In the case of Jinadu v Docklands Buses Limited and others the Employment Appeal Tribunal (“EAT”) considered the question of whether an employer is obliged to put a disciplinary process on hold while an employee’s grievance is dealt with.  

Ms Jinadu was a bus driver for Docklands Buses Limited (“Docklands”) whose driving was considered to be below acceptable standards. She was instructed to arrange a driving assessment.  She repeatedly refused to comply with the instruction and was eventually dismissed for gross misconduct.  Ms Jinadu appealed against her dismissal. The appeal hearing was adjourned to allow her take the assessment.  Ultimately she did attend the assessment and was required to undergo corrective training. Following the corrective training, she failed her assessment.  The appeal was reconvened and, at the reconvened hearing, Ms Jinadu made complaints about certain members of management including various complaints of discrimination. Ms Jinadu clearly believed these complaints represented a grievance (see below).    

Ms Jinadu’s appeal was dismissed. The only reason that appeared to have been given by Docklands for dismissing her appeal was that she failed to display a satisfactory driving standard and that her dismissal was in the interests of public safety.   

Ms Jinadu brought a claim of unfair dismissal which was dismissed by the Employment Tribunal (“ET”). She appealed to the EAT. One of Ms Jinadu’s grounds of appeal was that Docklands should have given consideration to suspending the disciplinary procedure for a short period while her grievances, raised at the reconvened hearing, were dealt with.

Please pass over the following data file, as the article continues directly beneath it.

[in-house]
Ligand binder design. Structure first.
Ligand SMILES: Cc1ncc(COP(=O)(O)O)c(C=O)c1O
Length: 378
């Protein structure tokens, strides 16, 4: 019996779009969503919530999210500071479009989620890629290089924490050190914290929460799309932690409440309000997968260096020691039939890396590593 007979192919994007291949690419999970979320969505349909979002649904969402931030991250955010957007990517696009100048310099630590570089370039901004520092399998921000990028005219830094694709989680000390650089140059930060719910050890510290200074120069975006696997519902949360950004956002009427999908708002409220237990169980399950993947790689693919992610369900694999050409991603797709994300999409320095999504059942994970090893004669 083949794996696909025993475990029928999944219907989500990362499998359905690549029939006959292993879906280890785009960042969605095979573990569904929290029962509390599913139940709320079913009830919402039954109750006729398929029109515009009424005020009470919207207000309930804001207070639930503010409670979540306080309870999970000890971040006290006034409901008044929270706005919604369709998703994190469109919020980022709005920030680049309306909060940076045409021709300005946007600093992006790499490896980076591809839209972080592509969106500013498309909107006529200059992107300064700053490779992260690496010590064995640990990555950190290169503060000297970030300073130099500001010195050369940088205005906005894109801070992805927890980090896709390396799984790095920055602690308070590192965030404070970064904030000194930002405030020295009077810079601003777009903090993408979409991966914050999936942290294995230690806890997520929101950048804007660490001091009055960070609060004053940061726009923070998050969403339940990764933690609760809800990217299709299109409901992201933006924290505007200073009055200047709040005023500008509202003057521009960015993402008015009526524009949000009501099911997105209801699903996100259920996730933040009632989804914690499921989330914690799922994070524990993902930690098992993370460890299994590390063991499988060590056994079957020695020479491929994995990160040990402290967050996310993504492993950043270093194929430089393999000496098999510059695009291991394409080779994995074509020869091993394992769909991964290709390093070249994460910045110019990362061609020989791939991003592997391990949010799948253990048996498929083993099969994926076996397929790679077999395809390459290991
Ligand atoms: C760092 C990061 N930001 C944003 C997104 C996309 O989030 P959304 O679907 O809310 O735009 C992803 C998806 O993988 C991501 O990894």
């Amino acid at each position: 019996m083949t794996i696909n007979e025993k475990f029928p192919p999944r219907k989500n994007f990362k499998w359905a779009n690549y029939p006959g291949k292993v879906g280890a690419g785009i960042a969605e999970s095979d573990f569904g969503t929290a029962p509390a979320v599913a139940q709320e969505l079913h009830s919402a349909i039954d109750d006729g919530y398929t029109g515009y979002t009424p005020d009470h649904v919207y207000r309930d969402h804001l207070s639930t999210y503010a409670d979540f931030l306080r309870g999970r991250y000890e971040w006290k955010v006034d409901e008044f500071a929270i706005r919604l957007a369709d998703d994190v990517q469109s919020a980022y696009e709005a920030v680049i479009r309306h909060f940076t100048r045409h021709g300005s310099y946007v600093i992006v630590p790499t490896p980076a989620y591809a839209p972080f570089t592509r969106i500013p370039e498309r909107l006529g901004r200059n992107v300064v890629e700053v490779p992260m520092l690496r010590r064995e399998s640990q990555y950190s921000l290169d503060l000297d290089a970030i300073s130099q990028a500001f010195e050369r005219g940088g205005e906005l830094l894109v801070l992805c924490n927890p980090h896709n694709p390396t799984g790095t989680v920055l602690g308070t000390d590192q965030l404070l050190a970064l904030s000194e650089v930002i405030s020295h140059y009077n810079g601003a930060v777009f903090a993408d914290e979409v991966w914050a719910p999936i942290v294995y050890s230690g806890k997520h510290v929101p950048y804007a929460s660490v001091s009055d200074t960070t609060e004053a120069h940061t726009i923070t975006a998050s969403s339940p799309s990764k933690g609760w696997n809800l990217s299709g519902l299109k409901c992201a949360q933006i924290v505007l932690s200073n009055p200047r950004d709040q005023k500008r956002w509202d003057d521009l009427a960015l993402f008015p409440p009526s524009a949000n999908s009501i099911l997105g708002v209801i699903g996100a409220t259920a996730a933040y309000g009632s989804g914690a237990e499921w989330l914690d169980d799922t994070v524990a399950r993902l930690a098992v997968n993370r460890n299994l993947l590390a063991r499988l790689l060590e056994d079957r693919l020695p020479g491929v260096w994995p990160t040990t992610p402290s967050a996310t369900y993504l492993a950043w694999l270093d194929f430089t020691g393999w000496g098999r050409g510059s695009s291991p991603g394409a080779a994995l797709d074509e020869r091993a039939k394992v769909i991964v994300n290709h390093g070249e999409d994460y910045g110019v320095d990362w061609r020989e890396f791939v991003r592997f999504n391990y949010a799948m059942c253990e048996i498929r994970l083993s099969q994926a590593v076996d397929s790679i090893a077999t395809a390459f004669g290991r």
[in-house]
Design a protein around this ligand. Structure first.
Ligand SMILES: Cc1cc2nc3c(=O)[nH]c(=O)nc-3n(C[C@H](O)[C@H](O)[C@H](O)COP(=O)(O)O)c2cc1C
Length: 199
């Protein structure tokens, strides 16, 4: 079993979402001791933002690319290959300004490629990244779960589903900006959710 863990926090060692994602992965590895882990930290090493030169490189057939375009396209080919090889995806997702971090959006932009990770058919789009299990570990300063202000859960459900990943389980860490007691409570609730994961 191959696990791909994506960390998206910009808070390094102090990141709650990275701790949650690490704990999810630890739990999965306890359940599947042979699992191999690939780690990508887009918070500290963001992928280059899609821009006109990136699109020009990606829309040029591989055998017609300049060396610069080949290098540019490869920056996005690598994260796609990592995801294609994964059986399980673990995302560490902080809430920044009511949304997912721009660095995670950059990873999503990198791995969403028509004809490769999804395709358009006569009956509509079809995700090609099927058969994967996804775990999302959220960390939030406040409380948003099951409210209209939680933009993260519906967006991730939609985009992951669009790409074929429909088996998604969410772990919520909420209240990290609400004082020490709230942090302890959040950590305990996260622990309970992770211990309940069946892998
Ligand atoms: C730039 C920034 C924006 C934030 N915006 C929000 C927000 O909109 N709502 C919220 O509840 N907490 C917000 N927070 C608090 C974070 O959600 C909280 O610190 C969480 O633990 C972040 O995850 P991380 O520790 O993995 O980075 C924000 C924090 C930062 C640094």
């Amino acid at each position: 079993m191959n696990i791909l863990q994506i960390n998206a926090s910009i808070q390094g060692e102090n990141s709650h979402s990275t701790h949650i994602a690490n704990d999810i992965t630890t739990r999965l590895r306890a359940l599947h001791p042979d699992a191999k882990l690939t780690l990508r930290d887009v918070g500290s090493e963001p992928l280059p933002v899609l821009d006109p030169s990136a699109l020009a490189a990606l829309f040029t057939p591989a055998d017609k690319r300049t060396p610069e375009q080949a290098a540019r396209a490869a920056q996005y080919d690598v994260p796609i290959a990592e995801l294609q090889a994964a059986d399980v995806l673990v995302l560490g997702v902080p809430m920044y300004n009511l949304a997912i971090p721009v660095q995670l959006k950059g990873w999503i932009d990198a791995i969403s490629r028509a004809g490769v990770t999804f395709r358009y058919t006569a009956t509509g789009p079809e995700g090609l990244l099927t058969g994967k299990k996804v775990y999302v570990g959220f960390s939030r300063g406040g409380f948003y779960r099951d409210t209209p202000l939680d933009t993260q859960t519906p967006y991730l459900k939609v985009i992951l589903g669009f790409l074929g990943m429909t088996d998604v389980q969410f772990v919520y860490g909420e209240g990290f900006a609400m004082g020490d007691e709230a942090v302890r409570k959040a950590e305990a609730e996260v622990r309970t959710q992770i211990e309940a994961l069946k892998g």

The EAT found in favour of Ms Jinadu on the basis that the ET had failed to make proper findings regarding the reason for her dismissal and the dismissal of her appeal.   

However, in relation to her argument that the disciplinary process should have been suspended in order to deal with her grievance, the EAT rejected this unequivocally and (unhelpfully) without giving an explanation for its decision.   

This decision may be helpful for employers when they are faced with grievances from employees during a disciplinary process which, if dealt with, would prolong/delay the process, increasing the drain on management time and possibly expense. However, it is important to emphasise that each case will be fact-specific and while, in this case the decision not to postpone the disciplinary process and hear Ms Jinadu’s grievance did not render the dismissal unfair, it may well be appropriate in other cases to do so.    

Further, the (non-statutory) ACAS Code of Practice provides that where an employee raises a grievance during a disciplinary process the disciplinary process may be temporarily suspended in order to deal with the grievance and, where the grievance and disciplinary cases are related, it may be appropriate to deal with both issues concurrently. The (again, non-statutory) ACAS Guide accompanying the ACAS Code suggests that when an employee raises a grievance during a disciplinary meeting it may sometimes be appropriate to consider stopping the meeting and suspending the disciplinary procedure. For example, when: the grievance relates to a conflict of interest that the manager holding the disciplinary meeting is alleged to have; bias is alleged in the conduct of the disciplinary meeting; management have been selective in the evidence they have supplied to the manager holding the meeting; or there is possible discrimination.  

Bearing in mind the fact-specific nature of this case, and the comments in the ACAS Code and Guide, if faced with an intervening grievance, it would be advisable for employers to record the reasons for their decision as to whether the disciplinary process should be suspended so they can show that they at least gave careful consideration to all options.